... it has to be given to youth entrusted to Catholic schools, an instruction in letters and sciences, fully in accordance with the special requirements in our time, but at the same time, strong and deep... Pope Pius XI, Divini ilius Magistri (December 31, 1929)

    One of the great failures of the current public education system is the deterioration of general education. Today’s youth come out of high school and even college, with very little knowledge or understanding of world history (even the history of their own country!), of geography, of the great works of literature… Their comprehension is limited, as is their ability to reason. This is attested to even by official assessments of schools today.

    The Catholic Church has always strived to provide a good general education at all levels, from elementary school through college, for this is essential to becoming a truly educated Catholic and citizen. The learning required is not easy; it demands real intellectual effort from the students, a personal initiative that we find more and more difficult to obtain from them. But it is imperative that our schools continue to be diligent in giving, even perfecting this intellectual and cultural formation.

    Another aspect of education that cannot be overlooked is the education of the will. It is as important as the formation of the mind – perhaps more so.

    In education, if one neglects the will, focusing all efforts on the cultivation of the mind, he will transform this instruction into a dangerous weapon in the hand of the wicked, because such intellectual arguments, when added to malicious penchants of the will, may give them a force against which it is impossible to resist. Leo XIII: In mezzo, June 26, 1878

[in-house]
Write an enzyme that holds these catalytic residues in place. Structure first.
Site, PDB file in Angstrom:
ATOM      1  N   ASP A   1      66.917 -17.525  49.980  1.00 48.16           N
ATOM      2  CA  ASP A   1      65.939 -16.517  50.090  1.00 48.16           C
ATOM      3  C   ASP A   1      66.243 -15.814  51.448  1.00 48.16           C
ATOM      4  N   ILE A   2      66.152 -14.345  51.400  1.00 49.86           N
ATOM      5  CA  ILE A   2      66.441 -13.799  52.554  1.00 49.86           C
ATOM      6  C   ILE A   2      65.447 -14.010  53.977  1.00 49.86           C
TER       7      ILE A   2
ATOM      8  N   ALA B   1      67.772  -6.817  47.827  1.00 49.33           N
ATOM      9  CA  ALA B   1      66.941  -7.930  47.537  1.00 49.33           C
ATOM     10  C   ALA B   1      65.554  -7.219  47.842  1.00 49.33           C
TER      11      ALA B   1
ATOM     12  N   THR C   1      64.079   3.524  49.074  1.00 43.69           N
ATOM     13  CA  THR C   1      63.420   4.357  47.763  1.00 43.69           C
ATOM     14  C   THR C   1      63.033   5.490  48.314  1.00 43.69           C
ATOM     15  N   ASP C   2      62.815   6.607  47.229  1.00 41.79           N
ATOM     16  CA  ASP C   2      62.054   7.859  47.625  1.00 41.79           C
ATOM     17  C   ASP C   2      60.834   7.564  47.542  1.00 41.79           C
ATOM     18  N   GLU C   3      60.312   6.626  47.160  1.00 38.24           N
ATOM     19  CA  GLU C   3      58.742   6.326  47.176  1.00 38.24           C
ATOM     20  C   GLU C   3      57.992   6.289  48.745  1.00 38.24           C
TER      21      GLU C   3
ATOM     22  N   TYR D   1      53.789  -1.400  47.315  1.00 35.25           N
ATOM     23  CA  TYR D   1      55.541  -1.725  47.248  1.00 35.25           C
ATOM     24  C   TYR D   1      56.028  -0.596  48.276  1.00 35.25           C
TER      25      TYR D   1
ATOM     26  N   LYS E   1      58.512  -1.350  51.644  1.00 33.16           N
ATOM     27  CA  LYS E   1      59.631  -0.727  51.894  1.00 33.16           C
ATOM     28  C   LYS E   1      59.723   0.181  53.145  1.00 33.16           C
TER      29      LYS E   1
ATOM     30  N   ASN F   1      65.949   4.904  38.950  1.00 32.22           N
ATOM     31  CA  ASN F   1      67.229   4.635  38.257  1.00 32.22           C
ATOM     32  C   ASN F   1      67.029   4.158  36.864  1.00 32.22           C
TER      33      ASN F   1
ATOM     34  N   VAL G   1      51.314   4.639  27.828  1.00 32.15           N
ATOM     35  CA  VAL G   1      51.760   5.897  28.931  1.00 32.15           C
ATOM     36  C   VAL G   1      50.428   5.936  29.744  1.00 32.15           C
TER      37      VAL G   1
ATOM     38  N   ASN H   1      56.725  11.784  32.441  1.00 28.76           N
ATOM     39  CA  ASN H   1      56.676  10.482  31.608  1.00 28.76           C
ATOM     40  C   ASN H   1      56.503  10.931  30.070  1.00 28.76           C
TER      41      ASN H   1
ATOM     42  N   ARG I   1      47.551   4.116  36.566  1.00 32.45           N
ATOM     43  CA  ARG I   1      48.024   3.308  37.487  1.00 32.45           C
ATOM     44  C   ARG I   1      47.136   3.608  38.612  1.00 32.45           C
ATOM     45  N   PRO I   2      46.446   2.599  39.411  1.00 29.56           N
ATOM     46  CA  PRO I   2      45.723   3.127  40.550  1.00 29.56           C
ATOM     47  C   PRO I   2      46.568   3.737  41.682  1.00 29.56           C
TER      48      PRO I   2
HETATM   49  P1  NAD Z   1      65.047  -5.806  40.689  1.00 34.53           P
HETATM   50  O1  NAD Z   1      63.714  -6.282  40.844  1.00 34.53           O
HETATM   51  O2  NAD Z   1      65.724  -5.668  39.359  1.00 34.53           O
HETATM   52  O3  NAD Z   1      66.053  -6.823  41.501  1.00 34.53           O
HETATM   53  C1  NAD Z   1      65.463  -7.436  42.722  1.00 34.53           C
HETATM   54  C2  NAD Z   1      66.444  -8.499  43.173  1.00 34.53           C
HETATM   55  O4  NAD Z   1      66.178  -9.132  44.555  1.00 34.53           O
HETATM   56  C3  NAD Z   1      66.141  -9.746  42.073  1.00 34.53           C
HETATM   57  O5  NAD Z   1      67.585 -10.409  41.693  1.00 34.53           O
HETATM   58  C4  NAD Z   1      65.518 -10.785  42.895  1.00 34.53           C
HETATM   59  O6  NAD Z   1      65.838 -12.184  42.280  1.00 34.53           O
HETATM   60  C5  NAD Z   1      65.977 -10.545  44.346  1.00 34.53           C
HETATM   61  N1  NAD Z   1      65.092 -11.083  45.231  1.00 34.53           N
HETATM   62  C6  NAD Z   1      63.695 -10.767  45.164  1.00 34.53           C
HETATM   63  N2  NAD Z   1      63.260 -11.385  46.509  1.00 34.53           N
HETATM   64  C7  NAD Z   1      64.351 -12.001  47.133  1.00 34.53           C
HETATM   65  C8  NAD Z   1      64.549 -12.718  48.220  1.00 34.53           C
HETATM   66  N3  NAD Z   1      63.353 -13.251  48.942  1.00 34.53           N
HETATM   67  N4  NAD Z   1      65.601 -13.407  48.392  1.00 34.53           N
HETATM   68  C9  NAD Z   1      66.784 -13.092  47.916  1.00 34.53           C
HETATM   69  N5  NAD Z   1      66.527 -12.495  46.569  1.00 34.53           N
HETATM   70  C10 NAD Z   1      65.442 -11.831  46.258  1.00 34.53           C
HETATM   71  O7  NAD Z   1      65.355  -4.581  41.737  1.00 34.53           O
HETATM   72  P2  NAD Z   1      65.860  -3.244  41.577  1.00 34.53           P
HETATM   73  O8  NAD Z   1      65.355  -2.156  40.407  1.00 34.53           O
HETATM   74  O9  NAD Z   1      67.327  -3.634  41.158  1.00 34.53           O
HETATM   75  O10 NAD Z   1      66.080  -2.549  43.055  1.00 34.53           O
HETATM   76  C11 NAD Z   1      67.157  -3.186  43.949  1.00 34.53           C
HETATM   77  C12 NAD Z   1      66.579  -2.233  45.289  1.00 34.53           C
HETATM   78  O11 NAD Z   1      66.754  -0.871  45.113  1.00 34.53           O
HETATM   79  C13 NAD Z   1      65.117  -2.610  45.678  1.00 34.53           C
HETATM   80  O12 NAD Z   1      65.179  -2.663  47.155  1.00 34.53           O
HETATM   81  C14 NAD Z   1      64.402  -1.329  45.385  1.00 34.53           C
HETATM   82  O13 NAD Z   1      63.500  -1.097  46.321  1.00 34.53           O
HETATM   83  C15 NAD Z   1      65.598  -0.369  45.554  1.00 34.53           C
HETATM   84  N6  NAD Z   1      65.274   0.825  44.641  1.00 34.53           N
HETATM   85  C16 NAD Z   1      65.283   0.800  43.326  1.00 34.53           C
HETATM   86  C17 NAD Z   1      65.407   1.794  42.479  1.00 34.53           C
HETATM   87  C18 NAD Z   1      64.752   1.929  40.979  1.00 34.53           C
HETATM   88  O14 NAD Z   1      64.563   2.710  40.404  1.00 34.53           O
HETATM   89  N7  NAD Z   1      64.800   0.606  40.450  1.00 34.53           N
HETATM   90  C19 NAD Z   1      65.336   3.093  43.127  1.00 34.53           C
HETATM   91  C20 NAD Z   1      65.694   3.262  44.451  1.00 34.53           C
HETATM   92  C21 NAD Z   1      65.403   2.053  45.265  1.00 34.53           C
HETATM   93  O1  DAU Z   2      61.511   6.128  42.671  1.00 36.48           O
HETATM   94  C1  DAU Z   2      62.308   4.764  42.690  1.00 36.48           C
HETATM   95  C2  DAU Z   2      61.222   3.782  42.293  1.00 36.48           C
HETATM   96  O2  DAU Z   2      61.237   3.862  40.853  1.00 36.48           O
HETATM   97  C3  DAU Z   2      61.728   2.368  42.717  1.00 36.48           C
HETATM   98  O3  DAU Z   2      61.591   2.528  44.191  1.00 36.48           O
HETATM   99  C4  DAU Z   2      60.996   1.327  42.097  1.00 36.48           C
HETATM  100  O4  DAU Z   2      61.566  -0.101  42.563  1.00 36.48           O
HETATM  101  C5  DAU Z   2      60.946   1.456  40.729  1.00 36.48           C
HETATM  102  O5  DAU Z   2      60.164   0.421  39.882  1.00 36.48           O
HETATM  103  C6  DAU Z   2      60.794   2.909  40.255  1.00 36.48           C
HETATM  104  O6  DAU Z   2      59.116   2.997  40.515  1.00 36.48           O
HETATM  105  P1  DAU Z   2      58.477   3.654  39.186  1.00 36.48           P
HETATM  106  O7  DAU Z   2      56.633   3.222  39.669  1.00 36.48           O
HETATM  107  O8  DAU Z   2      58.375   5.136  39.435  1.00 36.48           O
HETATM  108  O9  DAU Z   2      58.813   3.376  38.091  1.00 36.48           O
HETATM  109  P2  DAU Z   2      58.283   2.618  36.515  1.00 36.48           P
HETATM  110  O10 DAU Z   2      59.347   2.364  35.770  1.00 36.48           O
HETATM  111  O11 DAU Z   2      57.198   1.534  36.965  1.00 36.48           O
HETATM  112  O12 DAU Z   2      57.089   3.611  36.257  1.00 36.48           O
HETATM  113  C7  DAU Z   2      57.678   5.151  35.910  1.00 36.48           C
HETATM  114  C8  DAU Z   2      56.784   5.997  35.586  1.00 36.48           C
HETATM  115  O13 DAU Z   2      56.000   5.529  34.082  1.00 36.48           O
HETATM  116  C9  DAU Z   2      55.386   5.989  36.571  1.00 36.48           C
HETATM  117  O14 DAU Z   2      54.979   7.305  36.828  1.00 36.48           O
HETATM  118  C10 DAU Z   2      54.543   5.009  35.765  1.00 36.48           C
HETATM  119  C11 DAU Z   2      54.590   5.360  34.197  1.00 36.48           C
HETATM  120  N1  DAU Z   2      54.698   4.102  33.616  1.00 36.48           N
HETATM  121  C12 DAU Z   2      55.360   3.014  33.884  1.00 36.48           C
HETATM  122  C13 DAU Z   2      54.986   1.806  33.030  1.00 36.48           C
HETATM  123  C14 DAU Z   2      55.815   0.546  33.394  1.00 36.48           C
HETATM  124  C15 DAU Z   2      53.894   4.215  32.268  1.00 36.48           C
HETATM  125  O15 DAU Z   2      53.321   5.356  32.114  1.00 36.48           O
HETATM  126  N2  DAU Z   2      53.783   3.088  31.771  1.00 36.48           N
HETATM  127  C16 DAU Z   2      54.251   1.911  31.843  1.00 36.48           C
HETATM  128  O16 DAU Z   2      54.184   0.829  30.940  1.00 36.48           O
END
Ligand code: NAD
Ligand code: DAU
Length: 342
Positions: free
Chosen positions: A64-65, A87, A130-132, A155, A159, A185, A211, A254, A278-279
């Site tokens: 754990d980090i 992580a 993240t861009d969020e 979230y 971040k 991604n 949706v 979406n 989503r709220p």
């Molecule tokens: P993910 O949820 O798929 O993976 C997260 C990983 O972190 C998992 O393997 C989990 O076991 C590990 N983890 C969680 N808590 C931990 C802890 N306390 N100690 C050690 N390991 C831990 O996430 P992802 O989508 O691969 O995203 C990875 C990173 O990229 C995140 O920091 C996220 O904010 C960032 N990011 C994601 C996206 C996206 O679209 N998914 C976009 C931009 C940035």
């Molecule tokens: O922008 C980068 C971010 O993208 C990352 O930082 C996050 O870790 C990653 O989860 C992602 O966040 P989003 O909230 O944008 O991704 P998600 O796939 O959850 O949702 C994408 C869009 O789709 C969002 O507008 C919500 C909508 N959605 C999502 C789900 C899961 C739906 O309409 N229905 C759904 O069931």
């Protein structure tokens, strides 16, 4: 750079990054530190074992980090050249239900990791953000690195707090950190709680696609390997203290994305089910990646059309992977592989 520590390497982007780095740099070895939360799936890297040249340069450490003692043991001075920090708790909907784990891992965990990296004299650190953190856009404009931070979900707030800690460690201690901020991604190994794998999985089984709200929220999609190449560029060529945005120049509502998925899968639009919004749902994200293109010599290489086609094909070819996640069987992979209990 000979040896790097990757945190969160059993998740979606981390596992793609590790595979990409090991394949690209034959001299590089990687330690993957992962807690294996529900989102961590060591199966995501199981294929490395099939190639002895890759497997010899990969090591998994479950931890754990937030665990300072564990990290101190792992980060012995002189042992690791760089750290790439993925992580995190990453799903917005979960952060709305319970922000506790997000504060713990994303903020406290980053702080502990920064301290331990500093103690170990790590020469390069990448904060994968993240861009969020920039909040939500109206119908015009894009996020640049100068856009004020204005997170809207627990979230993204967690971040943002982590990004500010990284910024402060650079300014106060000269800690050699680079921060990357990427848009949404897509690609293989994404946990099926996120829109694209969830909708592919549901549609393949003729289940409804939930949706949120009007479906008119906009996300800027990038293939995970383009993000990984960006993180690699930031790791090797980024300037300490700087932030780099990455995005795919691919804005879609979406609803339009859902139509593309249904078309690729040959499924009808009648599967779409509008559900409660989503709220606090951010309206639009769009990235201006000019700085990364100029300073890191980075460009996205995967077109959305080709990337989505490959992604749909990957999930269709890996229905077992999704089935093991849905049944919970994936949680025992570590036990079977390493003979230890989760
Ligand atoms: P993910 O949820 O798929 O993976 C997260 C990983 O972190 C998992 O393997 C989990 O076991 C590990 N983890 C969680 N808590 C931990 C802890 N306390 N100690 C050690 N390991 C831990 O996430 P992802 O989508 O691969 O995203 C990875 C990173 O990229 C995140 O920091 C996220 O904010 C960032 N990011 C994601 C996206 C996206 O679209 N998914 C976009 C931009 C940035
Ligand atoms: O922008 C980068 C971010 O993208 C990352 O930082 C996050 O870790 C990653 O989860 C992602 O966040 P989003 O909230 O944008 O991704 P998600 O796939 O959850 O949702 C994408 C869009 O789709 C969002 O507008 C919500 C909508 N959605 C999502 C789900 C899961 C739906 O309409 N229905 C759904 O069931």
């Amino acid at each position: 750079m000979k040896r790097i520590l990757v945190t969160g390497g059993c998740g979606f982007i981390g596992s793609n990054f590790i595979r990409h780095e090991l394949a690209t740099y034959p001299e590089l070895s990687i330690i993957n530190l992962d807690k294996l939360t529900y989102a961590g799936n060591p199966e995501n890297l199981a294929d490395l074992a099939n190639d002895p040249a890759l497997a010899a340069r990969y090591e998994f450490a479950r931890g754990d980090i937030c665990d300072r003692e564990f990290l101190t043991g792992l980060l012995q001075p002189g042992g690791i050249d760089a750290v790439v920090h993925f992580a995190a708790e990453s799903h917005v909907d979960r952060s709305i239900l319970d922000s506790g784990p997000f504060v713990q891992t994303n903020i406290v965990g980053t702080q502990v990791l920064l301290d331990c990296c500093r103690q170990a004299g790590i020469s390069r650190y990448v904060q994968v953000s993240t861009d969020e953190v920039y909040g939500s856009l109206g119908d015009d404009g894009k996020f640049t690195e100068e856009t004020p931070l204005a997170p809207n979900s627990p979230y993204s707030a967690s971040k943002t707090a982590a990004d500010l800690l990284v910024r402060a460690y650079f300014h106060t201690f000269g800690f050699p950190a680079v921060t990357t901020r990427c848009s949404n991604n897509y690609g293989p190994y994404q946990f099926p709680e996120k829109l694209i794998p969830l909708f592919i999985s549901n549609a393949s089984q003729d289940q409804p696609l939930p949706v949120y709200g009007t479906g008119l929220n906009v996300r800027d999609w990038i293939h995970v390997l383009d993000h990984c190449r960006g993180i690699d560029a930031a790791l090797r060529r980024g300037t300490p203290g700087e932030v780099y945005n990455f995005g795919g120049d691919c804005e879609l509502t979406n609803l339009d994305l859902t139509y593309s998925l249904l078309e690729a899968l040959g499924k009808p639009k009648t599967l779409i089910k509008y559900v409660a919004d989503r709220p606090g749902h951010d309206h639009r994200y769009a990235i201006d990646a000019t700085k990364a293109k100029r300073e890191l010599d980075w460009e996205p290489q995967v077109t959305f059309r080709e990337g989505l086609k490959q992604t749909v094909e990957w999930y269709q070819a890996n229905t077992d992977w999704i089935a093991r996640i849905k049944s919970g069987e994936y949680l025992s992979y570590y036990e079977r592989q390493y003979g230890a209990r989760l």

There is nothing more disappointing and even frightening than a weak, apathetic youth. It is the modern environment that creates such feeble human beings, especially by sloppy education.

    The only answer to this very real danger is to implement discipline in both home and school—strong discipline, especially as regards duties. At home, it is not easy for parents to be constantly after their children to keep their rooms tidy, to take their homework seriously, to be on time, to

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    Accepting Mass Stipends The USA District Office is collecting Mass stipends for SSPX (or its associate) priests. The suggested donation is $15.00 per Mass. NB: we cannot receive stipends for Gregorian Masses (e.g., 30 consecutive Requiem Masses). Checks should be made out to the SSPX (in US currency) and sent to:

    Rev. Fr. Joseph Dreher, District Secretary Regina Coeli House. 11485 N. Farley Road, Platte City, MO 64079

    Please include a separate note outlining the Mass intention. Please note: we cannot promise specific dates for the celebration of the Masses.

    be disciplined in whatever they undertake. It is, however, absolutely necessary.

    In schools, this same discipline must be obliged, not only in the work done, but also in the children’s behavior towards others, in their dress, in their manners… Such constant discipline is the only w